Advocates for public policy reform, justice and dignity for vulnerable families.
The Rebecca Project for Human Rights (RPHR) is a national legal and policy organization that advocates for public policy reform, justice and dignity for vulnerable families.
We Work to:
At the National and State Level
•Address the unacceptable levels of gendered violence, poverty and exploitation to improve the status of women and girls at the margins of society.
•Train mother and girl advocates to educate policymakers for sensible criminal justice, child welfare, public health and economic policy reforms.
•Improve conditions of confinement for female prisoners.
•Advocate for alternative sentencing to maternal incarceration to provide non-violent offenders with histories of addiction and sexual victimization, access to community-based, quality education, job training, and treatment services.
•Address the birth, to sexual violence, to incarceration pipeline that entrenches low-income girls in poverty, addiction, and sub-standard educational achievement.
•Persuade public policy makers to expand family-treatment capacity for mothers and children, based on family treatment's successful outcomes in family stability, child well-being, cost-savings, and lowered recidivism rates.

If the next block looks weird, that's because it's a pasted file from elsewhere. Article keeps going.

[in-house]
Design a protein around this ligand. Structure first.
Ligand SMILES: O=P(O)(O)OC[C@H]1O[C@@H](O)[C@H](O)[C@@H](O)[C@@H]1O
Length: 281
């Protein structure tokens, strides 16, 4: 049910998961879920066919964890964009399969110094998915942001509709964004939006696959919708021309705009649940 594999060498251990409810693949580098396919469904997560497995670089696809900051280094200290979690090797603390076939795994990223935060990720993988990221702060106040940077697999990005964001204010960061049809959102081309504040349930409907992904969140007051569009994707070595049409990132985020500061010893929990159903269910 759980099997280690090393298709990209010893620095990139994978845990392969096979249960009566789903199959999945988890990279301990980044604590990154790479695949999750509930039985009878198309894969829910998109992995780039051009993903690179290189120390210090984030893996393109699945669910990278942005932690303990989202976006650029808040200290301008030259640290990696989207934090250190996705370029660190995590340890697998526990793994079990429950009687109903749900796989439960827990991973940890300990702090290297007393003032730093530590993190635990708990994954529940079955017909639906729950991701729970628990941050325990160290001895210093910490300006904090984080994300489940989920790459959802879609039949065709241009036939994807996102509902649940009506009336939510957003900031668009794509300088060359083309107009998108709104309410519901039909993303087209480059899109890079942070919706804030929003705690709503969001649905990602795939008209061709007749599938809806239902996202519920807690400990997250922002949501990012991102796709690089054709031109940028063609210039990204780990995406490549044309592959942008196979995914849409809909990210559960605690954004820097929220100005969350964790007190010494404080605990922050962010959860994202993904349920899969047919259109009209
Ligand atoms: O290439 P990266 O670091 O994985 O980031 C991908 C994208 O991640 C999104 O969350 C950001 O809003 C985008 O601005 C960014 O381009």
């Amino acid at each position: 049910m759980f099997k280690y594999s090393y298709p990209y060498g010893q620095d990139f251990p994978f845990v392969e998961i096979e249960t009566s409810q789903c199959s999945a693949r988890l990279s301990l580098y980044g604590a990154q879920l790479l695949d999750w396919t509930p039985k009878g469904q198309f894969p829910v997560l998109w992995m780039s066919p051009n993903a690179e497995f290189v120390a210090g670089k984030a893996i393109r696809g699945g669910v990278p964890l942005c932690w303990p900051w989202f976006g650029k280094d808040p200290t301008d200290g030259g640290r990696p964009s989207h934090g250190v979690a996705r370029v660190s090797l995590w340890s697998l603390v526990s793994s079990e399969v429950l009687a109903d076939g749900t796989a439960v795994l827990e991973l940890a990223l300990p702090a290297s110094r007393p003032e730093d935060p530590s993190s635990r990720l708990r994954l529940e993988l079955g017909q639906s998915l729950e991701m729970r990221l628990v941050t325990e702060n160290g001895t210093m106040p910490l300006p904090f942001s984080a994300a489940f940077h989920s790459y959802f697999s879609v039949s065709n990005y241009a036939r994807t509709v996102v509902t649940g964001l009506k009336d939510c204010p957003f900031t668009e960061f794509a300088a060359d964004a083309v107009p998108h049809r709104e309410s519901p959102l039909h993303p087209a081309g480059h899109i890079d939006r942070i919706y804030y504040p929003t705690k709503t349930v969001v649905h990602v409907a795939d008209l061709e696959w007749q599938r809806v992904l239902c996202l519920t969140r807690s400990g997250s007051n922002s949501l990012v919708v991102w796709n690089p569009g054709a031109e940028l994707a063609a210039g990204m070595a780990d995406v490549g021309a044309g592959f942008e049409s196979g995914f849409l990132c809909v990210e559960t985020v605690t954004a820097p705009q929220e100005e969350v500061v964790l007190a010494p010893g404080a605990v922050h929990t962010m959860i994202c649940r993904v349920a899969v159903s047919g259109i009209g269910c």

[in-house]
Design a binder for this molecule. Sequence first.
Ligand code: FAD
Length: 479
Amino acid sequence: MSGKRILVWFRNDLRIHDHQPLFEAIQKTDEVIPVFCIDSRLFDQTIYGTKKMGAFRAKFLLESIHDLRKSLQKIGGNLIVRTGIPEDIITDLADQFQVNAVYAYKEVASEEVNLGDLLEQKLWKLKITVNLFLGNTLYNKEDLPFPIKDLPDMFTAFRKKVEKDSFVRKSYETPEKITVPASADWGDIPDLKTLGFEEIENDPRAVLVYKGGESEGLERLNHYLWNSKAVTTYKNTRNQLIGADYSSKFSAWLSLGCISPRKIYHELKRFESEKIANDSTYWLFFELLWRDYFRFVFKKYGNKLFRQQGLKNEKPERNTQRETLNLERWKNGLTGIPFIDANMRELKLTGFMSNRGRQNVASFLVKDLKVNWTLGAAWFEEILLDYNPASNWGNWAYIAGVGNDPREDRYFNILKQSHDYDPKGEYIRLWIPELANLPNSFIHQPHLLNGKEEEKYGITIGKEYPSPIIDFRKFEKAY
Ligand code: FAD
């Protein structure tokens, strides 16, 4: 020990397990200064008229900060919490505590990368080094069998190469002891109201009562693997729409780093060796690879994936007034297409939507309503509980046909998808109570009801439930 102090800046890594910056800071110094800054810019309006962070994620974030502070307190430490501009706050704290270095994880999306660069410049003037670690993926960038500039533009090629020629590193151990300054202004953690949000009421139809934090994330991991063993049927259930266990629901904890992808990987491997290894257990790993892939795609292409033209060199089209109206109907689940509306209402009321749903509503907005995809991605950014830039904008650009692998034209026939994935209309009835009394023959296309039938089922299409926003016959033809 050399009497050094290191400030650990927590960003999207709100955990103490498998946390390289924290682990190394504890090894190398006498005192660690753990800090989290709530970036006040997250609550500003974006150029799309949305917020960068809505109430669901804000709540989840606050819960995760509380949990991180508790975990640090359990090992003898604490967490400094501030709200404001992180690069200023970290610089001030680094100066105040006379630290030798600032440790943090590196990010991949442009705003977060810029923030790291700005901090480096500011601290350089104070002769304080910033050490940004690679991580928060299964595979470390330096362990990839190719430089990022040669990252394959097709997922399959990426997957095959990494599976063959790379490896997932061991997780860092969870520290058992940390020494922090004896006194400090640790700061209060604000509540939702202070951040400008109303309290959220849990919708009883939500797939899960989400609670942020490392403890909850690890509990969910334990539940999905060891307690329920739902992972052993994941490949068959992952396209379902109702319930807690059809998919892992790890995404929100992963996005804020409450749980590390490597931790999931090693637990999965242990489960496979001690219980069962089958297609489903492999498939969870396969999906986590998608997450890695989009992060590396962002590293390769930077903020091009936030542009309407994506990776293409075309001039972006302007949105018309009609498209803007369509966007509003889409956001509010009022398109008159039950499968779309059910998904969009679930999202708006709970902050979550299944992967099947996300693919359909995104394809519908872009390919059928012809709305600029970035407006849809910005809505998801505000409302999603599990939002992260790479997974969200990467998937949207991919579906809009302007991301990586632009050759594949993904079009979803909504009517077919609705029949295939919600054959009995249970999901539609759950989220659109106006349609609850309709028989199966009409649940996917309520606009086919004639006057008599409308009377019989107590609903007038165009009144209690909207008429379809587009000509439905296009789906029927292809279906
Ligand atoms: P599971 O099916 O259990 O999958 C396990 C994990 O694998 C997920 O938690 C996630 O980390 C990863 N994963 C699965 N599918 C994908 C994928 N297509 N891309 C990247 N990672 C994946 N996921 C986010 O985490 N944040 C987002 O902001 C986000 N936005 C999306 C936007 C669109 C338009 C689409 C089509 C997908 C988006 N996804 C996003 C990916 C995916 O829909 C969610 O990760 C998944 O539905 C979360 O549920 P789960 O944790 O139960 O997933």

•Reform the child welfare system to expand family treatment capacity for at risk mothers and children.
At Local Level
•Create a Co-Madre ("mothering with") network in Washington DC with the goal of women and mothers supporting one another across the divides of racial, economic and educational differences.
•Support and create programs in Washington DC to empower and educate young girls; to provide access to artistic expression and development, as well as economic and educational opportunities.
The Rebecca Project works diligently to reform intersecting health, child welfare and criminal justice policies. Our goals arise from the abiding belief that:
•Families should have an opportunity to raise their children with dignity.
•Children deserve lives of safety, stability, and love.
•Sexual and physical violence against our women and children precipitates the trauma that often leads to involvement in addiction and the criminal justice system. Violence against families desecrates our sacredness and must be rendered unacceptable in every democratic, civil society.
•It is far more costly and emotionally detrimental to separate parent and child as a matter of general policy. Instead, placements in comprehensive long-term treatment and alternative sentencing should be prioritized.
•Communities should be the voice and catalysts for institutional and systemic policy change. Leaders who advocate for change should come directly from families in our vulnerable communities.
•Well-trained parent-advocate leaders create safe, strong, and stable communities for their families